Capitalist Globalization and the "Middle Class"

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Since the 1970s, the social consequences of the current period of capitalism (commonly referred to as globalization) have primarily affected the working class, especially those in manufacturing jobs.  Despite the consequential deterioration of large cities and countless smaller towns — not to mention the pauperization of large segments of the population — the effects were dismissed by politicians and the mainstream media as necessary evils. The victims of this process were told to pick themselves up by their boot-straps, go back to school, and learn to integrate into the new, technology-driven global economy.

How things have changed!

Experience has exposed all the promises of globalization to be lies, and now those who think of themselves as "middle-class" are finding themselves on the chopping block.  These skilled workers — engineers, Information Technology workers, accountants, legal and medical personnel, etc. — are confronted by the combined forces of a shrinking labor market, outsourcing, and the corporate-led importation of foreign workers through the H-1B visa program.

The H-1B visa program is the most recent chapter of the attacks on U.S. skilled workers, with the corporate-elite doing linguistic somersaults to try to justify a program intended to drive down wages and increase profits. According to these "experts", the importation of foreign workers is necessary for two reasons, both of which are lies.

Myth #1: "U.S. businesses need access to the best and brightest of the world's workers, leading to greater productivity and ingenuity." (Rep. Bob Goodlatte of Virginia)

Myth #2: "There is a severe shortage of skilled-workers in the U.S." (Microsoft)

The first lie is easily dismissed when one considers the type of workers being brought in by the H-1B program. These are not necessarily  the "best and brightest" of foreign workers; on the contrary, most of the workers are young and inexperienced, barely capable of doing the job of the workers they are replacing.  In the case of IT workers who come from India, (which constitutes the majority) 50 percent are under age 25 and 88 percent are under 30.  Corporations love the fact that to be "highly skilled" under the H-1B program, one need only a Bachelor's degree.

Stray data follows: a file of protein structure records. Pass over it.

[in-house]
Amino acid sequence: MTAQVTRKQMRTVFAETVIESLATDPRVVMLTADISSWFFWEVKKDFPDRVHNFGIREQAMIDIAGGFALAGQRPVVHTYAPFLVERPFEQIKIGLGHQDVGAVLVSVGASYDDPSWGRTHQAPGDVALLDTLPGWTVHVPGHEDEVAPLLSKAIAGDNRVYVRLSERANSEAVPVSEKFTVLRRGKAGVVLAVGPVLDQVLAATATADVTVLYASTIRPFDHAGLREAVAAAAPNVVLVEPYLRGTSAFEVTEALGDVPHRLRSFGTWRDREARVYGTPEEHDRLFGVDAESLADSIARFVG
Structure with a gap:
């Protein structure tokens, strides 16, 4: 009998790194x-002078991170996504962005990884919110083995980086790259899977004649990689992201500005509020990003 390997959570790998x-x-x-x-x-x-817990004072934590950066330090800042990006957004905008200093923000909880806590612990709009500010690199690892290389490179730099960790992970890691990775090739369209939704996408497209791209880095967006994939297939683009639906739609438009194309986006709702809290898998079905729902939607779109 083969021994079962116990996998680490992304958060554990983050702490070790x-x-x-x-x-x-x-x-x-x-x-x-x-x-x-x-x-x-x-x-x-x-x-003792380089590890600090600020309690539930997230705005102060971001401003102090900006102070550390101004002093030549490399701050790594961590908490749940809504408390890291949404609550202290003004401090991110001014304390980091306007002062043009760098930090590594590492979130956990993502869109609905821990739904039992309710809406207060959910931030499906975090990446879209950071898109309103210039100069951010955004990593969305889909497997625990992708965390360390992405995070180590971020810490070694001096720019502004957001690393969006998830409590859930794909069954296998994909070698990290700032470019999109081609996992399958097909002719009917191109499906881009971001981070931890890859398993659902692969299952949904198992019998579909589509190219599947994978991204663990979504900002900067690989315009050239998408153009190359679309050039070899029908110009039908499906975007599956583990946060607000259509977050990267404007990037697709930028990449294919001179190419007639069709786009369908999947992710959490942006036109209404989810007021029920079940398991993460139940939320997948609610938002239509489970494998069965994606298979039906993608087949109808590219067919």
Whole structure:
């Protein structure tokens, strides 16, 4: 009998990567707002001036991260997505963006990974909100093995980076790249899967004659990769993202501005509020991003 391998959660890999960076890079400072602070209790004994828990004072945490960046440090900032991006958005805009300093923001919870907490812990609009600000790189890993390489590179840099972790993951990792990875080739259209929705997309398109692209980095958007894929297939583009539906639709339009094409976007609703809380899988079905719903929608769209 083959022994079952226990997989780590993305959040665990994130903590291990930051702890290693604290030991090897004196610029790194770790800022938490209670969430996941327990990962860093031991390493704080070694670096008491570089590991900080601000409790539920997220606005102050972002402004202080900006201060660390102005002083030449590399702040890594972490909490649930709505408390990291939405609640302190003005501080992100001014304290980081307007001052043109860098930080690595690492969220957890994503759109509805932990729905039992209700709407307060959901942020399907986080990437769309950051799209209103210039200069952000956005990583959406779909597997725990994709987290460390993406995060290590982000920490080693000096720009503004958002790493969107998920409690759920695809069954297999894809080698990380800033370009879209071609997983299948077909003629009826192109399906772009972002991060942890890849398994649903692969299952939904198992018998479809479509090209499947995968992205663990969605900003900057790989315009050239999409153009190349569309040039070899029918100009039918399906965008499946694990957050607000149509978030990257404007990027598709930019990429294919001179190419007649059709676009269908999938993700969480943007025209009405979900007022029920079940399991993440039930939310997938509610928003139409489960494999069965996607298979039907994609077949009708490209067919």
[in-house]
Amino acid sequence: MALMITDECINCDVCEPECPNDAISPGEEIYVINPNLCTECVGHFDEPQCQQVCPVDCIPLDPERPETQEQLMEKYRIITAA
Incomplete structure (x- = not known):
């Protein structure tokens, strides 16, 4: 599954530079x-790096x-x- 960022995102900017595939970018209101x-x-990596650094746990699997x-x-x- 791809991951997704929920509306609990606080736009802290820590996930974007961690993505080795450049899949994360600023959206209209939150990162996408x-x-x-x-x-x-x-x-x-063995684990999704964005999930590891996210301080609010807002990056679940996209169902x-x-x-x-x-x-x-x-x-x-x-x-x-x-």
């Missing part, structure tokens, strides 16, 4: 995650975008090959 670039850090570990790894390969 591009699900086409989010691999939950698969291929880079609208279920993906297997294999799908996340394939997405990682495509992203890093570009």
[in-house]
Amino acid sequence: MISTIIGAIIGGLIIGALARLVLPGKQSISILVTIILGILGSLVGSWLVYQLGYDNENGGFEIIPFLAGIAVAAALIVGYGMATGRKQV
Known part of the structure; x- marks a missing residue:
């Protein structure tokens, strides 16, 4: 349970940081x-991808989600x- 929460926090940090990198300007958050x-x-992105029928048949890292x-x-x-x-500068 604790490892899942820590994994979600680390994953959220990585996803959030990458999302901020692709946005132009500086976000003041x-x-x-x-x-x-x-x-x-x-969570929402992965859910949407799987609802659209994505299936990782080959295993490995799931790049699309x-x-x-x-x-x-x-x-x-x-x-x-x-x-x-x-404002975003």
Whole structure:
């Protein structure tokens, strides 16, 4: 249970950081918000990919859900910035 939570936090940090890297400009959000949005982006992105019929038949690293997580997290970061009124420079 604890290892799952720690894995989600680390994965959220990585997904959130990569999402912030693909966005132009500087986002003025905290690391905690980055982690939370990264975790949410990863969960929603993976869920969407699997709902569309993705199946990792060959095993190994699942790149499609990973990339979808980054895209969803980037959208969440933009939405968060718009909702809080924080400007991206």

The second myth is even more ridiculous.  The supposed shortage of skilled workers is constantly talked about by CEOs and stock-holders, but finds no echo among the thousands of U.S. workers who cannot find employment.  According to a study by Information Week, there are 88,000 unemployed U.S. IT workers, with an additional 7,700 out-of-work foreign nationals. Anybody at all familiar with the job-market for skilled workers knows the ever-increasing difficulty in finding employment.  In fact, this myth was too far-fetched for even some of the more contemptuous members of the ruling class to bear.

In an effort to put the H-1B visa debate on a firmer, philosophical foundation, former Federal Reserve Chairman Allan Greenspan threw his weight into the discussion.  According to this most respected of businessmen, the H-1B visa program is necessary because of the income-gap between skilled and unskilled workers — Greenspan believes that the "concentration of income" acquired by skilled workers is unfair, and says: "If we open up a significant window for skilled workers, that would suppress the skilled-wage level and end the concentration of income."

Greenspan defines the "income gap" as the distance between lower-income working people and their so-called "middle-class" counterparts.  In so doing, he completely ignores the billionaires and their pharaoh-like living standards — what's more important is the $20,000 annual difference between a computer technician and a janitor! (note: Greenspan has since flip-flopped his rationale for the H-1B program — the need to rebuild U.S. infrastructure is the latest excuse.) At least Greenspan uttered a half truth: the real goal behind the program is to lower the wages of skilled workers.

When discussing the topic of foreign workers, whether they be skilled or unskilled, we must always maintain a clear class perspective, and not fall into the nationalism the ruling class uses to divide us. In other words, whose class interests are being represented? In this case, it is the profit motive of the big corporations that is driving the debate.